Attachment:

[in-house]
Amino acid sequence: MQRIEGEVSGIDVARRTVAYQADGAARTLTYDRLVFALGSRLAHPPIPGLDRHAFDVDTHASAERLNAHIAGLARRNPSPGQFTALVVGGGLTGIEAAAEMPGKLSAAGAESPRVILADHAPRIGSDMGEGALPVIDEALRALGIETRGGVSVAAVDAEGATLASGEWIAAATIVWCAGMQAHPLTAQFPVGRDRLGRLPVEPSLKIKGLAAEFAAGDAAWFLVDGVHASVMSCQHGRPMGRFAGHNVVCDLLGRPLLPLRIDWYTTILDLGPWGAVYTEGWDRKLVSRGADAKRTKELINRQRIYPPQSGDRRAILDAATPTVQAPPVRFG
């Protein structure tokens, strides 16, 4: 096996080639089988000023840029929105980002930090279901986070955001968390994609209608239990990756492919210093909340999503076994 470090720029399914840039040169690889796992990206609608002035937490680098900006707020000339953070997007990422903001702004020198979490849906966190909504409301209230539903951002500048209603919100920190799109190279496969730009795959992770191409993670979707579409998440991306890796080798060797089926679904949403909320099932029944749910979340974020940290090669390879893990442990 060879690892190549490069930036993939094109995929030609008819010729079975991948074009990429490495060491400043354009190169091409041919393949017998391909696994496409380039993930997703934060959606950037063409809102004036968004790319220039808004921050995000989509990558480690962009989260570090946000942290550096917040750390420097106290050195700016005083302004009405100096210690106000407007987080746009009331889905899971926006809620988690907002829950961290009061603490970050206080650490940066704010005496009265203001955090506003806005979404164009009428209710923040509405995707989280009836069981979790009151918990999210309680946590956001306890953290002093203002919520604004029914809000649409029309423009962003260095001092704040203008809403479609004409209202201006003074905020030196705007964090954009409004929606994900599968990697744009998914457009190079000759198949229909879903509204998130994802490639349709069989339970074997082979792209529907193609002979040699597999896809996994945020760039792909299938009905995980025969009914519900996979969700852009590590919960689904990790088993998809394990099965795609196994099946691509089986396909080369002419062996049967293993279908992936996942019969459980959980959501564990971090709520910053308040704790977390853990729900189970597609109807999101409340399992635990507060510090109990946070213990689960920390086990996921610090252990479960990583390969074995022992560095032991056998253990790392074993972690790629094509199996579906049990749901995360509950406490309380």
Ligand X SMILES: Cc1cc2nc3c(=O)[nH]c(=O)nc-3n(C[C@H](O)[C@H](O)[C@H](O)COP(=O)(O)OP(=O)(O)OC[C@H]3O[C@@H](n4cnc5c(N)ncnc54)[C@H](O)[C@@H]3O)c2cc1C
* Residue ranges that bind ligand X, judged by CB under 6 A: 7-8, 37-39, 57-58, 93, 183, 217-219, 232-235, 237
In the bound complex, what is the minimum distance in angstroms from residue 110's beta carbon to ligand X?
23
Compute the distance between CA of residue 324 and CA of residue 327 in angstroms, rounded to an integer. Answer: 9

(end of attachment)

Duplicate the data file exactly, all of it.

[in-house]
Amino acid sequence: MQRIEGEVSGIDVARRTVAYQADGAARTLTYDRLVFALGSRLAHPPIPGLDRHAFDVDTHASAERLNAHIAGLARRNPSPGQFTALVVGGGLTGIEAAAEMPGKLSAAGAESPRVILADHAPRIGSDMGEGALPVIDEALRALGIETRGGVSVAAVDAEGATLASGEWIAAATIVWCAGMQAHPLTAQFPVGRDRLGRLPVEPSLKIKGLAAEFAAGDAAWFLVDGVHASVMSCQHGRPMGRFAGHNVVCDLLGRPLLPLRIDWYTTILDLGPWGAVYTEGWDRKLVSRGADAKRTKELINRQRIYPPQSGDRRAILDAATPTVQAPPVRFG
């Protein structure tokens, strides 16, 4: 096996080639089988000023840029929105980002930090279901986070955001968390994609209608239990990756492919210093909340999503076994 470090720029399914840039040169690889796992990206609608002035937490680098900006707020000339953070997007990422903001702004020198979490849906966190909504409301209230539903951002500048209603919100920190799109190279496969730009795959992770191409993670979707579409998440991306890796080798060797089926679904949403909320099932029944749910979340974020940290090669390879893990442990 060879690892190549490069930036993939094109995929030609008819010729079975991948074009990429490495060491400043354009190169091409041919393949017998391909696994496409380039993930997703934060959606950037063409809102004036968004790319220039808004921050995000989509990558480690962009989260570090946000942290550096917040750390420097106290050195700016005083302004009405100096210690106000407007987080746009009331889905899971926006809620988690907002829950961290009061603490970050206080650490940066704010005496009265203001955090506003806005979404164009009428209710923040509405995707989280009836069981979790009151918990999210309680946590956001306890953290002093203002919520604004029914809000649409029309423009962003260095001092704040203008809403479609004409209202201006003074905020030196705007964090954009409004929606994900599968990697744009998914457009190079000759198949229909879903509204998130994802490639349709069989339970074997082979792209529907193609002979040699597999896809996994945020760039792909299938009905995980025969009914519900996979969700852009590590919960689904990790088993998809394990099965795609196994099946691509089986396909080369002419062996049967293993279908992936996942019969459980959980959501564990971090709520910053308040704790977390853990729900189970597609109807999101409340399992635990507060510090109990946070213990689960920390086990996921610090252990479960990583390969074995022992560095032991056998253990790392074993972690790629094509199996579906049990749901995360509950406490309380």
Ligand X SMILES: Cc1cc2nc3c(=O)[nH]c(=O)nc-3n(C[C@H](O)[C@H](O)[C@H](O)COP(=O)(O)OP(=O)(O)OC[C@H]3O[C@@H](n4cnc5c(N)ncnc54)[C@H](O)[C@@H]3O)c2cc1C
* Residue ranges that bind ligand X, judged by CB under 6 A: 7-8, 37-39, 57-58, 93, 183, 217-219, 232-235, 237
In the bound complex, what is the minimum distance in angstroms from residue 110's beta carbon to ligand X?
23
Compute the distance between CA of residue 324 and CA of residue 327 in angstroms, rounded to an integer. Answer: 9